On 6 April Bruegel, as in previous years, will host the presentation of the Euro Yearbook, a collection of experts’ insights on the construction of the European Monetary Union through 2016.
This essay, published by CESifo, aims to summarise the experiences of the two monetary disintegration episodes, i.e. termination of settlements in TR since 1 January 1991 and the gradual collapse of the Soviet ruble area in 1990–1993.
This paper applies the info-gap approach to the unconventional monetary policy of the Eurosystem and so takes into account the fundamental uncertainty on inflation shocks and the transmission mechanism.
What’s at stake: the Financial Times reports that Peter Navarro, head of the US’s National Trade Council, has accused Germany of currency manipulation. He claims that the country uses a 'grossly undervalued' Euro to 'exploit' its trading partners. Angela Merkel replied that the Euro is managed by the European Central Bank, on which Germany does not exert influence. We review what the economic blogosphere thinks of this.
What were the reasons for the Indian government's sudden decision to remove 86% of hard currency from circulation? Will Modi's monetary intervention achieve its stated aim of fighting corruption? And what will be the wider implications for growth?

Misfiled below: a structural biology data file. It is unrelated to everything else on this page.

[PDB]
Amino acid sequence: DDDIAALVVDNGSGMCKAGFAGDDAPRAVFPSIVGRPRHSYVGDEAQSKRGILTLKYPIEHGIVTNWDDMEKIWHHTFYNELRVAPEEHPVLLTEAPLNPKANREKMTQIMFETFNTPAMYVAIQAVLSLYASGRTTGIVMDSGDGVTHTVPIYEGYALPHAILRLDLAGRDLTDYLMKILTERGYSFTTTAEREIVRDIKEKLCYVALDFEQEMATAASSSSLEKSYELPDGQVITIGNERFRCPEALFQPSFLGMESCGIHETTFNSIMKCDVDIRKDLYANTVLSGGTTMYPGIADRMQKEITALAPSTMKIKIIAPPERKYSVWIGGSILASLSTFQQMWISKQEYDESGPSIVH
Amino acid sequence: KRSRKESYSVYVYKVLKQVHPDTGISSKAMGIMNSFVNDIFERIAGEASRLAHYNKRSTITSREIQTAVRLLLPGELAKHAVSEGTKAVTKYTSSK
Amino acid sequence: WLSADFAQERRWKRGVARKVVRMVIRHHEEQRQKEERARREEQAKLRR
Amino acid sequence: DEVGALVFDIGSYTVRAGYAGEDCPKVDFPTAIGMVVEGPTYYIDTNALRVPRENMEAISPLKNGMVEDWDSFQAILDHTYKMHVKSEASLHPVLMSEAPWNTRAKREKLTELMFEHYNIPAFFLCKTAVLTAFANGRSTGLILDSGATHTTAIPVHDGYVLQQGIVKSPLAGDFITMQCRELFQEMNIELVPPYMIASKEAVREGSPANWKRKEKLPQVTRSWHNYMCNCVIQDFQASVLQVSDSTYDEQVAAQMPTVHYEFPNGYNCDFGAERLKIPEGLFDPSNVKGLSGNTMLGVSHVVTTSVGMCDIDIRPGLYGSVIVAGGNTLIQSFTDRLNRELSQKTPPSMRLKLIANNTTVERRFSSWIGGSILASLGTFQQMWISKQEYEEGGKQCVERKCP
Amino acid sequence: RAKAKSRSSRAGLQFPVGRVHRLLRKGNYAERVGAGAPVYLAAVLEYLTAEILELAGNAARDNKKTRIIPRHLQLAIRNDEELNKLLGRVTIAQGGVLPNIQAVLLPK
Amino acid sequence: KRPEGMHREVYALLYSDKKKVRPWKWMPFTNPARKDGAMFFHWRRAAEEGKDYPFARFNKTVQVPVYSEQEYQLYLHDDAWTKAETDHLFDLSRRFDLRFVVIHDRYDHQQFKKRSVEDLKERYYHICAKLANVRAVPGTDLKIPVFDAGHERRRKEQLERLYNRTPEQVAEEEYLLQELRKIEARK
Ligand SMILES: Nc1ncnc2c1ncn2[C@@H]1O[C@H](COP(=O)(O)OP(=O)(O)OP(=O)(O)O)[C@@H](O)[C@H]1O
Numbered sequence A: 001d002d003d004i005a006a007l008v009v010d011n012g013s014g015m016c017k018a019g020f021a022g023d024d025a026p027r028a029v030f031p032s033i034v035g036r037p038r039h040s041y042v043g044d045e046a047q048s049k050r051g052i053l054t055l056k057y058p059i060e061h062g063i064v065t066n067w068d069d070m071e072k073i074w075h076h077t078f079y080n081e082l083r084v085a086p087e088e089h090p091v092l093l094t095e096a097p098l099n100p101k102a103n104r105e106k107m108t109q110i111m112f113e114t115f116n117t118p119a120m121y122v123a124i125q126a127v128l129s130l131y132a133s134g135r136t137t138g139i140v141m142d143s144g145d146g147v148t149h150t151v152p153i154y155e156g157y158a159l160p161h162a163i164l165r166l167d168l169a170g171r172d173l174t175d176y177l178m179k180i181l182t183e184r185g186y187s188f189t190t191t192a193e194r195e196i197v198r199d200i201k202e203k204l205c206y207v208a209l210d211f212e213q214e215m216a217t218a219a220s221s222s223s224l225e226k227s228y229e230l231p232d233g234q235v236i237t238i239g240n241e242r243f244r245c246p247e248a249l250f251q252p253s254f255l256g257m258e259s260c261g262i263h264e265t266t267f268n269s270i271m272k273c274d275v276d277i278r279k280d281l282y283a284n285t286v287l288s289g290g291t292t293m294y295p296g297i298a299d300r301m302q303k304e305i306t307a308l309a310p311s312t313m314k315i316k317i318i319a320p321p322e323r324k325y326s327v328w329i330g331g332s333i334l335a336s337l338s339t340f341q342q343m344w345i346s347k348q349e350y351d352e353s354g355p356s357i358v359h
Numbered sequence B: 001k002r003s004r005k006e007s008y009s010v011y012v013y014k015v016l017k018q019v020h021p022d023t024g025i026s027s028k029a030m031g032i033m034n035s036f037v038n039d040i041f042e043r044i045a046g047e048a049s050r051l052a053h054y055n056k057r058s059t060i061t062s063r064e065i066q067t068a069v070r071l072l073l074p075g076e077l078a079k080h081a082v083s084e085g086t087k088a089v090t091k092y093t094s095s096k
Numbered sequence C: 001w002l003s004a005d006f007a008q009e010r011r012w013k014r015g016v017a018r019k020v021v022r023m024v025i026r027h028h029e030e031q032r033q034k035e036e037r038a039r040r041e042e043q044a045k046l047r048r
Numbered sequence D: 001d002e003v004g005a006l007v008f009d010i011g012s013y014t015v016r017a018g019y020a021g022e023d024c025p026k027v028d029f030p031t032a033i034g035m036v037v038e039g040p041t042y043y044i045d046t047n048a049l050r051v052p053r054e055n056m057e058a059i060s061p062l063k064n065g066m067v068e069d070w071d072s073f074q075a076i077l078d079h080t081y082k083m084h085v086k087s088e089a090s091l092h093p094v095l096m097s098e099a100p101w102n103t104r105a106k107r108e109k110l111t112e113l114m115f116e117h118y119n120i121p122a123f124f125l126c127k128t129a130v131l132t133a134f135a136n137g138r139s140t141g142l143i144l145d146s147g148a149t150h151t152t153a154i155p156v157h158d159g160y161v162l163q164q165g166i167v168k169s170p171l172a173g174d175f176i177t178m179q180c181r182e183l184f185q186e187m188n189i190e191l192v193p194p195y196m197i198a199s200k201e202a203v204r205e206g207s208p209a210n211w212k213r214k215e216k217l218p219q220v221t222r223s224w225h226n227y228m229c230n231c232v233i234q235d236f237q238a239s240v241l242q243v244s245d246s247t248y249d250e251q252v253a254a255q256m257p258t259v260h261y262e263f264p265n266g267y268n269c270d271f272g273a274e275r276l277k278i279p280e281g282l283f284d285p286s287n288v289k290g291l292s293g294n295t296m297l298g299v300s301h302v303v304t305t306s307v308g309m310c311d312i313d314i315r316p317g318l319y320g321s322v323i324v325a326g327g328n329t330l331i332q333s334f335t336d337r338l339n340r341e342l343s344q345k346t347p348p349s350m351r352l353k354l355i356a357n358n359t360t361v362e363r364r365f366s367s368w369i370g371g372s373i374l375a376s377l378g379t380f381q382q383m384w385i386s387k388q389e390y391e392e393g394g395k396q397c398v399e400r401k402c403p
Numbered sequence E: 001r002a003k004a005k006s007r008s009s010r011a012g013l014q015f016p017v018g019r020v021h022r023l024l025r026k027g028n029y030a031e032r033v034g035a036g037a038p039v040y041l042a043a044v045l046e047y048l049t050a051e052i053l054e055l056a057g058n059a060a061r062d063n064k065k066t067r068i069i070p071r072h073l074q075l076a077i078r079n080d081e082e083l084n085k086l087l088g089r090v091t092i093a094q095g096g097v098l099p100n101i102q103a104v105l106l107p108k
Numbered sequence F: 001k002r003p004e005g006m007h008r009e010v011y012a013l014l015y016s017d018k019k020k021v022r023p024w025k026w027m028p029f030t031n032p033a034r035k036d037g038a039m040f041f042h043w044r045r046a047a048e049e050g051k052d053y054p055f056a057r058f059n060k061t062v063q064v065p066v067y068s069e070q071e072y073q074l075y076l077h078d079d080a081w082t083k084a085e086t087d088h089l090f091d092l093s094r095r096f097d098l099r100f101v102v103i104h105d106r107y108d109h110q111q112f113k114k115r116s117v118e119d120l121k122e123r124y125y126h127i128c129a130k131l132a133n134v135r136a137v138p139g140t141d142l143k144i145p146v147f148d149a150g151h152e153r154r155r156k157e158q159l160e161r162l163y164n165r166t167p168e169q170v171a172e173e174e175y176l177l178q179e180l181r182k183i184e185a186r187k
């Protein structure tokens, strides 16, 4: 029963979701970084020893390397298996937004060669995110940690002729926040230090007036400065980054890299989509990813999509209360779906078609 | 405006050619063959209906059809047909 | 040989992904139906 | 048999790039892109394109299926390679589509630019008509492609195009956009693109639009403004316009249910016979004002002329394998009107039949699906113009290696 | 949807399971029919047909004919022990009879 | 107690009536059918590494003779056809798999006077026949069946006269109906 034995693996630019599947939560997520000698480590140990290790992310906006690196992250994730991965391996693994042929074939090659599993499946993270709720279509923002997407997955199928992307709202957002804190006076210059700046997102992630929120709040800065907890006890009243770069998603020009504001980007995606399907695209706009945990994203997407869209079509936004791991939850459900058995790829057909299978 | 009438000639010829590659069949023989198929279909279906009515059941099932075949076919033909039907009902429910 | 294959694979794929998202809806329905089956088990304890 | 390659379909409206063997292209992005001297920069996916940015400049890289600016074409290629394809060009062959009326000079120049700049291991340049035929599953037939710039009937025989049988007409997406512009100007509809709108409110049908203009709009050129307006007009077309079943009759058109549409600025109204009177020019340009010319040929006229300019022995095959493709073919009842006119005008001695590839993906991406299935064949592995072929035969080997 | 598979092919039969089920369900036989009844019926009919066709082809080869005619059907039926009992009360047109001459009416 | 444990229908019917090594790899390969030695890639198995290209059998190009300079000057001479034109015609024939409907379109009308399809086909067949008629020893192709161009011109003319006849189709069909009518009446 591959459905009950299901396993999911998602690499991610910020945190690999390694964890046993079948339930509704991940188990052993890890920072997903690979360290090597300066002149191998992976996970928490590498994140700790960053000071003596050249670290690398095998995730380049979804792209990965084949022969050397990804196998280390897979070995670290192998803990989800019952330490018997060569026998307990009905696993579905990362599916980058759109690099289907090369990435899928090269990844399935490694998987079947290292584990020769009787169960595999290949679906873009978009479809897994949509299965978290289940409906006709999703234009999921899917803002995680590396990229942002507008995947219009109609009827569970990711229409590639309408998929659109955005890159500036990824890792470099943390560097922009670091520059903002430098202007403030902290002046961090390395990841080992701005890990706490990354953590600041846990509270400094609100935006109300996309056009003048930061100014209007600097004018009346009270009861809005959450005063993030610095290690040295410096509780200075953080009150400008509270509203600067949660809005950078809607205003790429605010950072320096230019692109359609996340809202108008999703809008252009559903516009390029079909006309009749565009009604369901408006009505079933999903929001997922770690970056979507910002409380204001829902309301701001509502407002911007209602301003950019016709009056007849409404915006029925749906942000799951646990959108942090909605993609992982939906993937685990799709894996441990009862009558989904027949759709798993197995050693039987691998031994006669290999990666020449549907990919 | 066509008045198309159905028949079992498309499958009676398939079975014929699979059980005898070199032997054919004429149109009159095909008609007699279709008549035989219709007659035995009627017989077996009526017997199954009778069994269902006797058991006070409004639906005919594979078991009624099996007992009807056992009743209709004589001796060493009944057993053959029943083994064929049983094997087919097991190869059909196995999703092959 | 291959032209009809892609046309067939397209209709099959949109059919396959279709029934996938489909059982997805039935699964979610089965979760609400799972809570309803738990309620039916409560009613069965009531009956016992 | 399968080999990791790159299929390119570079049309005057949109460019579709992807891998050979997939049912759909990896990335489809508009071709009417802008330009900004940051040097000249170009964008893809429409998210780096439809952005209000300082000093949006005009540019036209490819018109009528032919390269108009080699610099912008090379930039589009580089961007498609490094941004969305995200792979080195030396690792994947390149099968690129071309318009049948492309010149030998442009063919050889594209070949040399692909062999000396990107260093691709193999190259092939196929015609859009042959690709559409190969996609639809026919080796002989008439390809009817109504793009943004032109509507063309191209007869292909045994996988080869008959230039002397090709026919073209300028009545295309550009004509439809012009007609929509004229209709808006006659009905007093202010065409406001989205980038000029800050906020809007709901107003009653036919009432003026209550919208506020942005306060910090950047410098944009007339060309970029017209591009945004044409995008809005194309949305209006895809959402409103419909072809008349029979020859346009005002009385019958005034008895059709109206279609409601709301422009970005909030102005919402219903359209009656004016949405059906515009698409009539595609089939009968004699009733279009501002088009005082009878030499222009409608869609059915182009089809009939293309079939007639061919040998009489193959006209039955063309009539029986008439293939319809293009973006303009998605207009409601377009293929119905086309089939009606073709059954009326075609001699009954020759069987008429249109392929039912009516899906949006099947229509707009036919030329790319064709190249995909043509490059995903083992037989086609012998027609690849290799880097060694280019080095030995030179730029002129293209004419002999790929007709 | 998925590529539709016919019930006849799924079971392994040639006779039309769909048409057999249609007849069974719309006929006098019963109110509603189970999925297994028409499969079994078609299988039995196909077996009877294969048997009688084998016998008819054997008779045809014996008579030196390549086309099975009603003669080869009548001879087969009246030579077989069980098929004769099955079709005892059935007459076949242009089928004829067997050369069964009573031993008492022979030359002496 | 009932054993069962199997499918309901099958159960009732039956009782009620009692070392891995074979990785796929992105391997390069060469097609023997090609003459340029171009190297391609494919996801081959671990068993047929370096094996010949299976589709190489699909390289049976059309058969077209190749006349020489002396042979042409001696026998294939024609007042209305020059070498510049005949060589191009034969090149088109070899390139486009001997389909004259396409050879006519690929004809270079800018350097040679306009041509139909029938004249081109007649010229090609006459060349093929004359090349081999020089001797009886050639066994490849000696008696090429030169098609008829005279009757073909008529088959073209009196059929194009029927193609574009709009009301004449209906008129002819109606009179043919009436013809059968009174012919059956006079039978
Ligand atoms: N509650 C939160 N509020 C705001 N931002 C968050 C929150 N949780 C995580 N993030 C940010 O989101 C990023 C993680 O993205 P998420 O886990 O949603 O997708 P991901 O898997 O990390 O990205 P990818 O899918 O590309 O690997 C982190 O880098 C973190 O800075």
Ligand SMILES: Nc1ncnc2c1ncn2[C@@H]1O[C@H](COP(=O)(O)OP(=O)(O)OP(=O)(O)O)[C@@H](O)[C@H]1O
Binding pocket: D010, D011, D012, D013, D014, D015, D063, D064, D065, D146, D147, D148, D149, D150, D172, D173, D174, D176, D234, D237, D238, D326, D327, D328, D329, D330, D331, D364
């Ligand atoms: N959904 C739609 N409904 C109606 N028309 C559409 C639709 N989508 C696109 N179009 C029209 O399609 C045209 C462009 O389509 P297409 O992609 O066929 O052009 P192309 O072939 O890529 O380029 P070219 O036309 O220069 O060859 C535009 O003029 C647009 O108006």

What’s at stake: At this week’s meeting, the Federal Reserve left interest rates unchanged. While this was largely expected, the economic blogosphere has been discussing whether and to what extent this is linked to the election, and what can be expected for the future.
Die EZB reagiert mit ihrer Geldpolitik nur auf die schwache wirtschaftliche Lage. Sie ist nicht dafür zuständig, für hohe Renditen europäischer Sparer zu sorgen. Kapitalerträge hängen von guten wirtschaftlichen Strukturen ab - und für die sind andere verantwortlich.
Yields on European sovereign bonds have reached historically low levels in 2016. This secular decline in long-term sovereign yields is not limited to the euro area. Why are interest rates currently so low? Are low long-term trates justified by fundamental factors or is it an artificial phenomenon?
Compared with the ‘core’ of the world economy, emerging markets have limited room for manoeuvre when it comes to applying unconventional monetary policy measures.
What would happen if the ECB failed to respond to the excessively low inflation and the weak economy? And what economic policy would be suitable under the current circumstances, if not monetary policy?
What’s at stake: Central banks have recently been scaling up their unconventional monetary policy measures. Discussions about helicopter money seem to be getting ever louder. We review the theoretical discussions, the effectiveness of tax-rebates and legal and political complications
On Thursday, the ECB surprised observers by announcing a new series of four targeted longer-term refinancing operations (TLTRO II) to be started in June 2016. The incentive structure of the programme has changed: on one hand, this TLTRO II could be the first case of lending at negative rates; on the other hand, the link with lending to the real economy might have been weakened.